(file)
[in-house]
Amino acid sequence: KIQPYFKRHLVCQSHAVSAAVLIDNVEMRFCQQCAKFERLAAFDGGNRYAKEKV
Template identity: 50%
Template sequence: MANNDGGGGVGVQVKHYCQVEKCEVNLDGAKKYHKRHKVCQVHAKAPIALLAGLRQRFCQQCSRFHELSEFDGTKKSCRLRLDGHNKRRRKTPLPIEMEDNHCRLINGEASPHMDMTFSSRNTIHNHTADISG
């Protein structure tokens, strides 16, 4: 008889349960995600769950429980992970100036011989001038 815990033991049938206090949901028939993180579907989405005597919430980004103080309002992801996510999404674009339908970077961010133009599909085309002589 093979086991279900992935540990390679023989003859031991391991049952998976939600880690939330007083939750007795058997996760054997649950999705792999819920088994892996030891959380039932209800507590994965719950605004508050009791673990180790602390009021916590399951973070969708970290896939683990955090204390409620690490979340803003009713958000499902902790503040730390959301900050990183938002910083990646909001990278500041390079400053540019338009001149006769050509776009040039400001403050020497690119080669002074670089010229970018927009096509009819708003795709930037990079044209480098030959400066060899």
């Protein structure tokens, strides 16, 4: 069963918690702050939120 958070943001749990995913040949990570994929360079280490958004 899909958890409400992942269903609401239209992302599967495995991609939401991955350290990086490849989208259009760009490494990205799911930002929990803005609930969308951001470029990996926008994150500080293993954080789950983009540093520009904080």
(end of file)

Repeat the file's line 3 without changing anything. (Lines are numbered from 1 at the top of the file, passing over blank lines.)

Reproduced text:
Template identity: 50%